TRU ROUNDED THE CORNER, ENTERING THE BRIG. EXUM ZALET WAS WORKING in his office at the back of the Brig. For the last week Security hadn’t called Tru for any fights or insubordination. Momentarily, Tru wondered if Avinions felt the same relief that humans did when their job became less stressful.
Zalet was an Avinion, and the species intrigued Tru. They looked like someone had crossed a nearly starved human and demon, to get a creature nearly two meters high, with a face that was long, gaunt, and gnarled, and a body of chalk white skin hanging like cloth from a superficial frail skeleton. Anyone who did think their appearance meant they were frail, was falling for an illusion. When he had sparred with a few in his defense training he’d became painfully aware of how strong and intellegent they were. Most took careers in the sciences, but a handful gravitated toward legal and law enforcement positions.
Tru remembered some advice his father had given him: When you get to pick your own security, ask for an Avinion or Jaque to be the head man. They are often psychics, loyal, strong, smart, and know when a fight is coming before the first punch is thrown.
Tru walked around the control center in the middle of the brig, watching the Avinion’s brilliant purple eyes look up to meet his.
“Good afternoon, Chief Zalet.”
Zalet smiled, but it looked sad. Of course, all Avinions smiled like that. Tru didn’t know why their smile looked like that becuase he had never had an Avinion patient and to his knowledge, no xeno-psychiatrist ever had. Short of medical emergencies, they refused to see a doctor who wasn’t an Avinion.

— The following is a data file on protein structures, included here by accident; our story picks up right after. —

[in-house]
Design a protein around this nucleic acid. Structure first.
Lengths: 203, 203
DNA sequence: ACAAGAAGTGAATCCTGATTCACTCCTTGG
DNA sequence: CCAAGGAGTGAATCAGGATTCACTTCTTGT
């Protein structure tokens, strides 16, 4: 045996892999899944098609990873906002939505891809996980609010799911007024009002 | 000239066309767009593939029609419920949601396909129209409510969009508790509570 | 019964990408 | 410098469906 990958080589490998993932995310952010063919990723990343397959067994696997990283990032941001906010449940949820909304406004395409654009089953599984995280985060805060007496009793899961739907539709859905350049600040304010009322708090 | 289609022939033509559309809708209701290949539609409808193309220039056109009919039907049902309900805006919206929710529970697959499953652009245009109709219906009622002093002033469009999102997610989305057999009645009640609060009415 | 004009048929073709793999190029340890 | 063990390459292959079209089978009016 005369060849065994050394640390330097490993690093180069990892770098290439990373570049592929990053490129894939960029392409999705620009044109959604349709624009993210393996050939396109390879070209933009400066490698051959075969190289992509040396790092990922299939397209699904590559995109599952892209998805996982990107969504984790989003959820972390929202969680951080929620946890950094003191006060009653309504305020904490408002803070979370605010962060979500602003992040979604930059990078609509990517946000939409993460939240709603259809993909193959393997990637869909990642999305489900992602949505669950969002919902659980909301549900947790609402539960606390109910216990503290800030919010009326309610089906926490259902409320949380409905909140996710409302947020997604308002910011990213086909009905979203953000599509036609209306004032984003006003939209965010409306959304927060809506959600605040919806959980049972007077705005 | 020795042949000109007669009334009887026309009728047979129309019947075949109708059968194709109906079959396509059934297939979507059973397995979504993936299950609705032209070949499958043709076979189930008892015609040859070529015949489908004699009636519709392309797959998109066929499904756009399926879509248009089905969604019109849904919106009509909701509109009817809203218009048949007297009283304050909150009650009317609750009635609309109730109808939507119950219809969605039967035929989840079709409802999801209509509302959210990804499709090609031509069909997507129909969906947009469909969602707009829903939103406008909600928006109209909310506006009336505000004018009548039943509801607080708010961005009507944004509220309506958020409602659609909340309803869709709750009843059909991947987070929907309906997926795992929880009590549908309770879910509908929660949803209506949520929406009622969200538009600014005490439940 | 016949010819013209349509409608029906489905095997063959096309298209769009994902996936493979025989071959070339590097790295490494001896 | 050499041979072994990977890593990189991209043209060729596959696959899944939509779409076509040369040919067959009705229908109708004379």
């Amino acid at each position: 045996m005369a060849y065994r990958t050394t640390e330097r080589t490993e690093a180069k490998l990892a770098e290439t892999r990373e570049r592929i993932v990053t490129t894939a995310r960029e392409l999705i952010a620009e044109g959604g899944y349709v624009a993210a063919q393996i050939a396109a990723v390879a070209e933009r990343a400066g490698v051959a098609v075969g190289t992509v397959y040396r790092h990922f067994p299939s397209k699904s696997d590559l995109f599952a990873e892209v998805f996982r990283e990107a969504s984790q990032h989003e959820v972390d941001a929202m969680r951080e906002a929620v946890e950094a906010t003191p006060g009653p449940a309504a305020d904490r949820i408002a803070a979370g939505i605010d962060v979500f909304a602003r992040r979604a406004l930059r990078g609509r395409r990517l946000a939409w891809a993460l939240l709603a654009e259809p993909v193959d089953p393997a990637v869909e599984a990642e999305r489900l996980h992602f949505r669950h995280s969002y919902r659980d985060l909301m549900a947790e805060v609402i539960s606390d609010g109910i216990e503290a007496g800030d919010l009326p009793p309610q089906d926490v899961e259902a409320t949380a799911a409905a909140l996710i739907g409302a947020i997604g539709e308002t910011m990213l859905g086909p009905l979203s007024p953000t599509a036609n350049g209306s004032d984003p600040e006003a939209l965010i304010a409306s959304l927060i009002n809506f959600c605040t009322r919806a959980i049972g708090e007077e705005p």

Zalet slowly motioned to a chair opposite his desk, saying languidly, “Please, have a seat, Captain.”
Avinions believed haste was unbecoming and a sign of a weak mind. They believed decisions and reactions should be thought on, considered, reconsidered, and then acted upon. But if anyone believed that they couldn’t or wouldn’t move fast, that person had never seen one in battle. On the last ship he had been on, they had been attacked by mauraders. He watched the Avinions take up arms, move like liquid, and kill with deadly accuracy, and those Avinions were scientists. He could only imagine how lethal one with combat training was.
“Thank you.” Tru sat down. “How are things going for you?”
“You’re new policy is keeping me and my crew busy.”
Tru’s eyebrows lifted. Was that humor or anger in the remark? Zalet smiled again and Tru returned it.
“There hadn’t been any reports of fights or insubordination all week. I thought the crew was behaving themselves.”
“You made your policy quite clear. There has been no need to concern you.”
“Thank you, but going forward, please concern me.”
“As you wish, Captain.” Zalet looked at the doc-slips on his desk. “I released Ensign Rhoades this morning.”
“How was she? I haven’t seen her all day.”
“She spent three days yelling, two crying, and the last two sitting on the bunk doing nothing. I hope her stay has convinced her of the importance of confidentiality.”